EFG Hermes expects Egypt's inflation to hit new highs after IMF loan deal

Surging inflation coincides with curbs on foreign currency withdrawals from Egyptian pound accounts

A fruit and vegetable street vendor at work on the outskirts of Giza in the Greater Cairo area. Reuters
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Egypt’s double-digit inflation will likely hit new highs when the Arab world’s most populous nation concludes a new loan deal with the International Monetary Fund, EFG Hermes, Egypt's biggest investment bank, has said.

The forecast followed the announcement on Monday by Egypt’s state statistics agency, Capmas, that year-on-year inflation rose in September to 15 per cent, its highest in nearly four years. Inflation stood at 14.6 per cent the previous month.

“We expect inflation to experience a second wave in the coming weeks once Egypt finalises its agreement with the IMF, given an expected adjustment in the EGP [Egyptian pound],” EFG Hermes said.

“Our base case projects inflation accelerating to 18-19 per cent with a weaker EGP reflecting on food and fuel prices."

Talks are intensifying about Egypt and the IMF being on the brink of a loan agreement for up to $8 billion as part of an economic restructuring plan. A cornerstone of that plan is likely to be a more flexible foreign exchange mechanism.

Separately, banks have issued new regulations to curb foreign currency withdrawals from Egyptian pound accounts, a move that underlines the country’s foreign currency crunch after a steeply higher import bill and the en masse withdrawal of billions of dollars ― more than $20 billion by some accounts ― from Egypt’s once-lucrative debt market.

Egypt has been hit hard by the fallout from the Russia-Ukraine war, forcing the government to respond with a series of austerity measures as well as additional spending to shield the poor among its 104 million people against higher food prices.

The Egyptian pound was this week trading at about 19.63 to the US dollar. Reuters

The latest rise in inflation was caused mainly by higher tobacco and food prices, Capmas said.

Egypt devalued its currency by 14 per cent in March but has since allowed the pound to slide even more against the US dollar. It was trading this week at about 19.63 to the greenback, about 20 per cent down since the eve of the March devaluation.

Economists expect the pound to continue nosediving in the coming months, hitting 22-23 pounds to the dollar by the end of the year or early in 2023.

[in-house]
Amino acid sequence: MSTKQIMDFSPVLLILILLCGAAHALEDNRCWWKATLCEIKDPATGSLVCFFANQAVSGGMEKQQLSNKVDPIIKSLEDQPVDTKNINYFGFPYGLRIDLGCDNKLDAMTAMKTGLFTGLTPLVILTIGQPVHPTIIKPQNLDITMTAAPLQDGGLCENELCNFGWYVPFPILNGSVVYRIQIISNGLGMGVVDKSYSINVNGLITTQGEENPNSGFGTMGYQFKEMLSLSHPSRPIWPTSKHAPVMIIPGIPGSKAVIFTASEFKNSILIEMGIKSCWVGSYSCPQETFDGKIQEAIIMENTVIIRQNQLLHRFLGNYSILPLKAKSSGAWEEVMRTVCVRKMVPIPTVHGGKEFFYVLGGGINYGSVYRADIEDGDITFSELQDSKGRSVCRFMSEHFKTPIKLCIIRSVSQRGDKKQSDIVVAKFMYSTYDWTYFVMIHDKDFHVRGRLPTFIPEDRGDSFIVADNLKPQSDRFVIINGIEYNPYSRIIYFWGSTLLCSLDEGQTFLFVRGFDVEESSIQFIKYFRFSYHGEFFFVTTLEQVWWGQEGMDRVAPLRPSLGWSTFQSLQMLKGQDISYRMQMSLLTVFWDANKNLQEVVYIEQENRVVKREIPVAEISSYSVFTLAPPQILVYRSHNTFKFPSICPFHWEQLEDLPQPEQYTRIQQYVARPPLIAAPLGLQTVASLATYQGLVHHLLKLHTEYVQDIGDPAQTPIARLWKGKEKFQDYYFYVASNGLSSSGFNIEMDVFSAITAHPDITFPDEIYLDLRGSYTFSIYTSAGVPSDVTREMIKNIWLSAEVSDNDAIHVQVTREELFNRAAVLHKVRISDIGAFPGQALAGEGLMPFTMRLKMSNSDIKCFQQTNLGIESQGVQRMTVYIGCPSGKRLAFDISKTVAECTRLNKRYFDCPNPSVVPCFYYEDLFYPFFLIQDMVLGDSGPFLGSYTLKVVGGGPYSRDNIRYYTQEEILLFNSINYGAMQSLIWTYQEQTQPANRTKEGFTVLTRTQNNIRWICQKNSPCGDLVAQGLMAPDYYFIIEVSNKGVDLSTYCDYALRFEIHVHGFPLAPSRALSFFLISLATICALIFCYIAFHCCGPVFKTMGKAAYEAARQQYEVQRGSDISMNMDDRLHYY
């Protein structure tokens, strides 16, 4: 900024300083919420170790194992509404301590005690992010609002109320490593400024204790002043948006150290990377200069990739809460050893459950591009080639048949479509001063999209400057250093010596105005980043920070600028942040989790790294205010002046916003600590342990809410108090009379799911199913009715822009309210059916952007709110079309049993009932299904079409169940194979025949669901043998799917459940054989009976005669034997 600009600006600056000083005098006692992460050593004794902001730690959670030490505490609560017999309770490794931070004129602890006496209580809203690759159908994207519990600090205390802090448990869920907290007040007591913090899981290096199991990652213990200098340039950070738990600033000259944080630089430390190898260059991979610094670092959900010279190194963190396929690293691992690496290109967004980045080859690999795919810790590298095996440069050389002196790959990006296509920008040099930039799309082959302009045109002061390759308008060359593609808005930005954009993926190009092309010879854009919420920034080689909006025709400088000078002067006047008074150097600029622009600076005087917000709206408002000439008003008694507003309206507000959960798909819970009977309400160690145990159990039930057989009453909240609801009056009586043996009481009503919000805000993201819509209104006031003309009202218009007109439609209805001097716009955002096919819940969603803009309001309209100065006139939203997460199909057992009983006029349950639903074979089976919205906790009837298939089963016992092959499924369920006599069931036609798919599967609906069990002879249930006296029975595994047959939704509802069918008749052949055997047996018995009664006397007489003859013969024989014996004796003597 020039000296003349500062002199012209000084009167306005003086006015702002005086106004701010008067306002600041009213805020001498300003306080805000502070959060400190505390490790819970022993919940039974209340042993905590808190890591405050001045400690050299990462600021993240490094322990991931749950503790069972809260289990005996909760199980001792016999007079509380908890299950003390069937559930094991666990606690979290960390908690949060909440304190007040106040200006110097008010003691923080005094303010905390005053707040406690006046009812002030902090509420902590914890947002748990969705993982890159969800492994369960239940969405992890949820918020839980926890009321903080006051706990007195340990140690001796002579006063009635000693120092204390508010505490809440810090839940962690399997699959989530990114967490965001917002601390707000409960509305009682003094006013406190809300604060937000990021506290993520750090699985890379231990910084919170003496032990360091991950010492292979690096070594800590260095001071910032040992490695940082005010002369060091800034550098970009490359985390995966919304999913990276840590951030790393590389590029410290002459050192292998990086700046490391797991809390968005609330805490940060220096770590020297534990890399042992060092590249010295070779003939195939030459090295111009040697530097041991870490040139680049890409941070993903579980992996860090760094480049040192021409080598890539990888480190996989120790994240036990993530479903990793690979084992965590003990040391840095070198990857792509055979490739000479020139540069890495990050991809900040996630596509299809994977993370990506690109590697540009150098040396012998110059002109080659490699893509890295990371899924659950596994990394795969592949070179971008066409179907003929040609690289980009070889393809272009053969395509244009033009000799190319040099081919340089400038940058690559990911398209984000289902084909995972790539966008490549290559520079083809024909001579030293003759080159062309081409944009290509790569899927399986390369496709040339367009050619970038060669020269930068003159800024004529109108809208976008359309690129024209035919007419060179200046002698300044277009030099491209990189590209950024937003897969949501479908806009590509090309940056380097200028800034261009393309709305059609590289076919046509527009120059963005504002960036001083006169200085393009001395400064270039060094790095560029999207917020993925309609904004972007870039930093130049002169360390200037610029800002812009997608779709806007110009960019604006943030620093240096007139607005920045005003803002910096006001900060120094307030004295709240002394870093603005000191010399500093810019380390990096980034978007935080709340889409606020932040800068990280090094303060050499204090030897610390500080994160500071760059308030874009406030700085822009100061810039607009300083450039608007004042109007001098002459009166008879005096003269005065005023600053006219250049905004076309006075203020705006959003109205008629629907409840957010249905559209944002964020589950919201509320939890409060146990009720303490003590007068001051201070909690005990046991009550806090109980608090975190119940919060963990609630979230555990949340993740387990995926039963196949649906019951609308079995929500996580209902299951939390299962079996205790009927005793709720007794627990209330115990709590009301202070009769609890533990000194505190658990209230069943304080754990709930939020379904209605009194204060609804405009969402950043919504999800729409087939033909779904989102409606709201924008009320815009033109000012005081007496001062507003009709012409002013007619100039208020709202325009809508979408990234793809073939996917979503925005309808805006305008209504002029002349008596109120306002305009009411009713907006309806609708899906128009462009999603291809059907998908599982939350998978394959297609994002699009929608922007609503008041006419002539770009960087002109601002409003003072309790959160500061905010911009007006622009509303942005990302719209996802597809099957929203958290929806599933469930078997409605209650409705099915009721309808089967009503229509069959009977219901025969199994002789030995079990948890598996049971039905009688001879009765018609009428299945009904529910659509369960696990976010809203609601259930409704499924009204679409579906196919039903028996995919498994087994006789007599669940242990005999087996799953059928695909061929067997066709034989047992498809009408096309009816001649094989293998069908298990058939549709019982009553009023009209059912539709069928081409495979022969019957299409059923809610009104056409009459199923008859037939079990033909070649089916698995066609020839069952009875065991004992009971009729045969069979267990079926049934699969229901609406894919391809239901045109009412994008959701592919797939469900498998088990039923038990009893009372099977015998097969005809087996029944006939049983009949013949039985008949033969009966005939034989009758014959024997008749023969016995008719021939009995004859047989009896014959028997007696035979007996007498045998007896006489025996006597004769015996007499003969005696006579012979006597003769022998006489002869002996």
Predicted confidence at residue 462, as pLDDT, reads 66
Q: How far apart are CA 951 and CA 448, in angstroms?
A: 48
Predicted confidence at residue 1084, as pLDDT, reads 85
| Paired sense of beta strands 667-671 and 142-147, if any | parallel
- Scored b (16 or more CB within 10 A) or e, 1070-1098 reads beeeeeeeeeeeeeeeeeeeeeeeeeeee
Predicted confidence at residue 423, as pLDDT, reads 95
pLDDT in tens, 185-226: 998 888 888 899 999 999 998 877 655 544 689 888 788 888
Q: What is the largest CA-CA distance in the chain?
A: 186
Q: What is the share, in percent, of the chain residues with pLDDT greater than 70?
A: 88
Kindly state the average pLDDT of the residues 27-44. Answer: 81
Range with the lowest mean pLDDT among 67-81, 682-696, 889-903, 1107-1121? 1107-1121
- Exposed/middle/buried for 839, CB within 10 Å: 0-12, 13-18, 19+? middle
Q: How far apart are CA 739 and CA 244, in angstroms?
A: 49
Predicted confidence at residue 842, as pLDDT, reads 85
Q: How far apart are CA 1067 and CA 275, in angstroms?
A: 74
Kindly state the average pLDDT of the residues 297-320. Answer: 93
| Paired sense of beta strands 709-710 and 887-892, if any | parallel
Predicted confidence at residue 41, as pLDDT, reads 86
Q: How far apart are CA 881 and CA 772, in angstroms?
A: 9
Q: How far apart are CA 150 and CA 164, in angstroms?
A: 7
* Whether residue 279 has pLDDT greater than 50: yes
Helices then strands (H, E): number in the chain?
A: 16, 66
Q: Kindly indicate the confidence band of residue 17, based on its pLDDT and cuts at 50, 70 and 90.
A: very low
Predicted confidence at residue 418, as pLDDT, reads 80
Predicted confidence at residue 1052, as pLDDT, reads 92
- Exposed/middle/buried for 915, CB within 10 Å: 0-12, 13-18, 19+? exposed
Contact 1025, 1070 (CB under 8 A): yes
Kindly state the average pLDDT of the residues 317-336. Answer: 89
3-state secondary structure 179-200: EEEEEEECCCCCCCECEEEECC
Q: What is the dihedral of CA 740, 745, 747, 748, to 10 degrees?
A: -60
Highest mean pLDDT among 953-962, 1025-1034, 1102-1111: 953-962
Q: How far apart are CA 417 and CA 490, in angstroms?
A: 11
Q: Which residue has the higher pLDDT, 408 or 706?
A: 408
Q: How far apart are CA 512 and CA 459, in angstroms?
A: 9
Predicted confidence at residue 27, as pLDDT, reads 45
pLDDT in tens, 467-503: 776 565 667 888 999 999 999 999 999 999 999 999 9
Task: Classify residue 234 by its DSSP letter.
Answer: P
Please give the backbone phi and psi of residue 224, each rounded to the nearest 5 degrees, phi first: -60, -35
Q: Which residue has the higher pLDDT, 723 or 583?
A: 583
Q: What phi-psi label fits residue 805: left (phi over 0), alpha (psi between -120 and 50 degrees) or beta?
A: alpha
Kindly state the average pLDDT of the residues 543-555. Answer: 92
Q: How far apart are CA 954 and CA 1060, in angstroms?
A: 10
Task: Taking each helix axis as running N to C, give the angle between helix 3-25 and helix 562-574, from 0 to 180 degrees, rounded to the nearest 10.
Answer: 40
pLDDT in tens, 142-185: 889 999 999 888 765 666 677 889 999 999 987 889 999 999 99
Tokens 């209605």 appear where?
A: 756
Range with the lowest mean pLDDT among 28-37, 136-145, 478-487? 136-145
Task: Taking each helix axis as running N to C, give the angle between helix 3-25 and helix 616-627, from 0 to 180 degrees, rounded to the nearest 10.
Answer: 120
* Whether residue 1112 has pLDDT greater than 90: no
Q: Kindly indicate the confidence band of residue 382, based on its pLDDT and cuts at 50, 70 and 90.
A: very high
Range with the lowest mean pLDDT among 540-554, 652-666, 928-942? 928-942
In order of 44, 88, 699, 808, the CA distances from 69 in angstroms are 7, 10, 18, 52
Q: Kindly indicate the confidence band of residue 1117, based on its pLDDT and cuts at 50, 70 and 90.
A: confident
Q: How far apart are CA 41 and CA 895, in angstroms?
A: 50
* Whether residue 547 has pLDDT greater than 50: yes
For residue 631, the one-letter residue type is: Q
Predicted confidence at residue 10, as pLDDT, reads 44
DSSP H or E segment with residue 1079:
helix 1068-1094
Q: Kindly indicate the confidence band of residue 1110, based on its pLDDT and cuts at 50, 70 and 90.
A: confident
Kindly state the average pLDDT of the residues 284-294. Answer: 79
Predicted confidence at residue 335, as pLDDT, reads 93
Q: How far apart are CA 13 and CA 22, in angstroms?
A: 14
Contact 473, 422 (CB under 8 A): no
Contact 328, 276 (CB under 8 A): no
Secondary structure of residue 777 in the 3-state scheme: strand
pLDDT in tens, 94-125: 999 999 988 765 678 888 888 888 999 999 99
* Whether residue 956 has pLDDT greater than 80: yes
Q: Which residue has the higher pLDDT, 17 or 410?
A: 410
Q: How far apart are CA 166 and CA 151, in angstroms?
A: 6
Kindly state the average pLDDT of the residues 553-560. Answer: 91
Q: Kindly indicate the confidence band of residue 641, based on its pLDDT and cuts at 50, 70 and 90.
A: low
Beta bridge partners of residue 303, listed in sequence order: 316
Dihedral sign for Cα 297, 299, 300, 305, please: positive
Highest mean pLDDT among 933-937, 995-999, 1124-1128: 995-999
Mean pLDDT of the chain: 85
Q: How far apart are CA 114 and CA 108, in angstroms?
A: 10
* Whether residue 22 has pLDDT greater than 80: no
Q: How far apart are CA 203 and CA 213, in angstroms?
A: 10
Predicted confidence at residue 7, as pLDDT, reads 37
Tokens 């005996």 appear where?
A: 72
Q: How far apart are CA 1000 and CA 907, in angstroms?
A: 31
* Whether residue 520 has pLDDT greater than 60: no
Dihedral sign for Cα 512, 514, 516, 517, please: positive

Traditional handmade clothes on display in old Cairo but much of Egypt's population could soon be struggling to afford the basics. Reuters

The foreign currency crunch, meanwhile, has dealt a blow to local manufacturers and crop growers who have for months been unable to secure foreign-made components for their products.

In the most telling manifestation of the crunch, authorities have dimmed the lights across much of Cairo, including in Tahrir Square, to make more natural gas available for export to Europe and attract more foreign currency.

Although tourist numbers are back to healthy levels after the slump caused by the coronavirus pandemic, Egypt is still feeling the pinch from the loss of Russian and Ukrainian tourists, who normally account for 30 per cent of its foreign visitors.

In a highly unusual occurrence, advertisements offering factories for sale have been popping up on social media networks in recent weeks. The authenticity of the adverts could not be independently verified, but industrialists have been speaking of the financial woes they endure as a result of the curbs on non-essential imports.

President Abdel Fattah El Sisi is keen to clear a backlog of goods stuck at Egyptian ports. Reuters

President Abdel Fattah El Sisi, architect of an ambitious drive to modernise the economy, has publicly instructed his government to clear a massive backlog of imports stranded at ports across the country, with banks required to come up with the value of the goods in foreign currency so they can be released.

However, pro-government commentators say foreign currency would be made available to importers according to a priorities system and that importers would not have their full requirements met.

Significantly, the curbs on foreign currency withdrawals from accounts in Egyptian pounds were ordered by commercial banks and not the central bank as is customary.

The restrictions have been challenged as illegal by prominent legislator Mahmoud Qassem, who has requested that Prime Minister Mustafa Madbouly address parliament’s lower chamber on the issue.

Updated: October 11, 2022, 3:35 PM
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